“For all of us, knowledge of the ideas of others can enlarge our view of what is mathematical and add a more humanistic and global perspective to the history of mathematics. This enlarged view, in which mathematical ideas are seen to play a vital role in diverse human endeavors, provides us with a richer and fuller picture of mathematics and it’s past.”1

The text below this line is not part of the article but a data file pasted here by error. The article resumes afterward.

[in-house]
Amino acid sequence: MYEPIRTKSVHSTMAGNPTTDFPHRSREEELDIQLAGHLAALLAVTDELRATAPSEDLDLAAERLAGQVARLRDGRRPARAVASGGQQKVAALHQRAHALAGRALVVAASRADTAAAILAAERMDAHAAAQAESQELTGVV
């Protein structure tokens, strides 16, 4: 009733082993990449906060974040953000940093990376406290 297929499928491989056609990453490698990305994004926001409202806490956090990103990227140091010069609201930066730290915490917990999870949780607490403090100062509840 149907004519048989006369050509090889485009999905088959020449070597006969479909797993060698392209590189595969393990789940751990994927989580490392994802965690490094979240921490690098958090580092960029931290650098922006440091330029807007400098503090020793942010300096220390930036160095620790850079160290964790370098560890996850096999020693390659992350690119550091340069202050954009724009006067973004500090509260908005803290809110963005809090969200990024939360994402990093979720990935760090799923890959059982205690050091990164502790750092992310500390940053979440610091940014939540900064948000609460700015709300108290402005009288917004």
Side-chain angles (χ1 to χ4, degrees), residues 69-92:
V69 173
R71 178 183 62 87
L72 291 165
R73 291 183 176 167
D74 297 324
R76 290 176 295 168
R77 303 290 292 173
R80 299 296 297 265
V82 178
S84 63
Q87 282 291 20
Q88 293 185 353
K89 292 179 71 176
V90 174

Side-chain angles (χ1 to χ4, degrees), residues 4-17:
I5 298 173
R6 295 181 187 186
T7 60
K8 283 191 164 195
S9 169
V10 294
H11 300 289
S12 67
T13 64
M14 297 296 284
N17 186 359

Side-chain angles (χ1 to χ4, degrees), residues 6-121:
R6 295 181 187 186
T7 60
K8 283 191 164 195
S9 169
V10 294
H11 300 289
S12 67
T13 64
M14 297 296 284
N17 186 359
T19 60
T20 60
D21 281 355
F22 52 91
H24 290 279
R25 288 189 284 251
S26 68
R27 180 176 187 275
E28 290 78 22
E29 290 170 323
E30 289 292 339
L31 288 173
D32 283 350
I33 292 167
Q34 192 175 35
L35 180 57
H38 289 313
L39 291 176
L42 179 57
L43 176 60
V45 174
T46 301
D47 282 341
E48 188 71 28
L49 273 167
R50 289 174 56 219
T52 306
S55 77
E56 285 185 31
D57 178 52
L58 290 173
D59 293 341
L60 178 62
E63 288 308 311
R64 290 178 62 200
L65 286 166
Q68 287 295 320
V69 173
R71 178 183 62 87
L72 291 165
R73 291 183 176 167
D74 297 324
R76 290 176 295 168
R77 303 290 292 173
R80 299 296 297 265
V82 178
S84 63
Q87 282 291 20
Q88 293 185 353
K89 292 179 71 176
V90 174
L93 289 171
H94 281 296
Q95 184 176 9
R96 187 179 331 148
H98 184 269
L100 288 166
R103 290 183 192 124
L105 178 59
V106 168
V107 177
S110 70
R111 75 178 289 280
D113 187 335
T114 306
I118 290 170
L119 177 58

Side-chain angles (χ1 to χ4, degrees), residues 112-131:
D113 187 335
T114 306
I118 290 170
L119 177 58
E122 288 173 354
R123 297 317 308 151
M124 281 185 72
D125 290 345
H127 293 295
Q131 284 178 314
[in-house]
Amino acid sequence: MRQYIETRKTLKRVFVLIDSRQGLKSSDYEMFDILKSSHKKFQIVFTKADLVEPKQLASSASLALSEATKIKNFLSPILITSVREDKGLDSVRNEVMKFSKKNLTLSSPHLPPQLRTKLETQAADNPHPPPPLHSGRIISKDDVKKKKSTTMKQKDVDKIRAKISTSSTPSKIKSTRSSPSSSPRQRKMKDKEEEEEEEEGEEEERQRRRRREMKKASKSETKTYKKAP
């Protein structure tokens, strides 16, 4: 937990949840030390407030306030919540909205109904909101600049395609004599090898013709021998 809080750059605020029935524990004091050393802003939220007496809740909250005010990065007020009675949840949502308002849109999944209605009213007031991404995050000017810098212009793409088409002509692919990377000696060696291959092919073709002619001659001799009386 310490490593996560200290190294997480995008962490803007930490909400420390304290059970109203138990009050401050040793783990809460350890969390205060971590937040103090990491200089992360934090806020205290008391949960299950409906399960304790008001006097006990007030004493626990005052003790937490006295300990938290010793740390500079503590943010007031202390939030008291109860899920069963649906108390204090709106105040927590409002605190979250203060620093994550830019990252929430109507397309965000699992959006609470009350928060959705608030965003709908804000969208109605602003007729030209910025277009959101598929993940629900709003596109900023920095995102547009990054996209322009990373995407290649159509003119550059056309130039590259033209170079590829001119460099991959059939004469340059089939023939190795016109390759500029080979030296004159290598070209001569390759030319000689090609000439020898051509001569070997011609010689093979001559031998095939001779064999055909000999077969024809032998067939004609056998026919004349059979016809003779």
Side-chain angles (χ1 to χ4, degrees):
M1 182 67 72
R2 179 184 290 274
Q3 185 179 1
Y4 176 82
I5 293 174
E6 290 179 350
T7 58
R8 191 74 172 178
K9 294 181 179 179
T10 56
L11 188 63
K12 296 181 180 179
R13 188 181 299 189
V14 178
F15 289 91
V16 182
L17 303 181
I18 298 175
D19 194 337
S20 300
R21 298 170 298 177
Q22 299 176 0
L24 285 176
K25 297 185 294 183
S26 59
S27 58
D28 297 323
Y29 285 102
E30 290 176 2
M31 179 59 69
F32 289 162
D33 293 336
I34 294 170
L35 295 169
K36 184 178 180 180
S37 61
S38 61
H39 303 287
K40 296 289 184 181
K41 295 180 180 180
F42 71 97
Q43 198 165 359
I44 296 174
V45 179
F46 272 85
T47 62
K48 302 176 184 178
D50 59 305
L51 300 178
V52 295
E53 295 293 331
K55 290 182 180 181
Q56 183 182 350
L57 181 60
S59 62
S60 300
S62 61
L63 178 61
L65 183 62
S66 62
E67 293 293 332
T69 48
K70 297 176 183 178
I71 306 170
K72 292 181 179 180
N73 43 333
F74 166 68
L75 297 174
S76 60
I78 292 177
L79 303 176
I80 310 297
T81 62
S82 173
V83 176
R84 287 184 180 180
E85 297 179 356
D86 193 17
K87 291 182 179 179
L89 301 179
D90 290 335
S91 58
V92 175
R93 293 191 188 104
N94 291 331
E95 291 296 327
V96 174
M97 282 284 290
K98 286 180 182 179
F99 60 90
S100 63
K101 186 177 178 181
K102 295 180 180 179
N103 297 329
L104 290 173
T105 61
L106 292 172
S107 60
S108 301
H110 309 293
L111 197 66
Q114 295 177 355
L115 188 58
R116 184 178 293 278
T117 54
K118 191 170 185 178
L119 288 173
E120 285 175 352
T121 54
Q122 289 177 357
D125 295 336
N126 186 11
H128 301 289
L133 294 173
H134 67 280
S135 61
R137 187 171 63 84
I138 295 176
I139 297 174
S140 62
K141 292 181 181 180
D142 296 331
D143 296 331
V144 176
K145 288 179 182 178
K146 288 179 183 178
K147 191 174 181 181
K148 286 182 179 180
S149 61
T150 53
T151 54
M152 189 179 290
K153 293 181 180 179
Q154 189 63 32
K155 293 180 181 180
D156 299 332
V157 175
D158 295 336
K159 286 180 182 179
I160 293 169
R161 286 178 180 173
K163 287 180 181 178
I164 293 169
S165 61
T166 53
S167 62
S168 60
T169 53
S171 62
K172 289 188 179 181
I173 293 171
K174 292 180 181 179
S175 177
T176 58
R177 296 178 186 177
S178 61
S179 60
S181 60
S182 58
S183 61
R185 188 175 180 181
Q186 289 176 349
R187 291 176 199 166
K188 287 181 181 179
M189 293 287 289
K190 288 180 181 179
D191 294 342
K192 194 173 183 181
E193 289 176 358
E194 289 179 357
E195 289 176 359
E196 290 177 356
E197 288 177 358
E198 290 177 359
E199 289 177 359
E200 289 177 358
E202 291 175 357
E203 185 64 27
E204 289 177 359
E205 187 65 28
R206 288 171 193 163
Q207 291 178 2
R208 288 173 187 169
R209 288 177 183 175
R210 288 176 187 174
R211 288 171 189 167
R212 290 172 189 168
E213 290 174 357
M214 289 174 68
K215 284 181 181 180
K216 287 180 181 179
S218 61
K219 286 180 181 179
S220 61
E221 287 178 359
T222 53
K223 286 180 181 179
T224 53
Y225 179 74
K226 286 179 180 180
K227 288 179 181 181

This ten-lesson unit aims to help 9th grade Algebra 1 students reframe their thinking about studying mathematics through two simultaneous and equally important strategies. First, students will spend time reflecting on their own mathematical stories and heritages culminating in a project where students write personal math narratives, which they will submit at the end of the unit. Second, the unit focuses on the history and very nature of mathematics. Students will spend time writing and thinking about the infinitesimal and infinite, patterns, irrationality, and the history of humanity’s interactions with these concepts. Through individual writing and thinking as well as small group and full class discussions, students will unpack their own mathematical histories and rebuild their frameworks around the discipline in ways that will serve them throughout their high school mathematics endeavors. The role of the educator throughout this unit is to intentionally reflect on and present to students the ways that racism has intertwined itself into the mathematics classroom. As Battey states, “Naming white institutional spaces, as well as identifying the mechanisms that oppress and privilege students, can give those who work in the field of mathematics education specific ideas of how to better combat racist structures.”2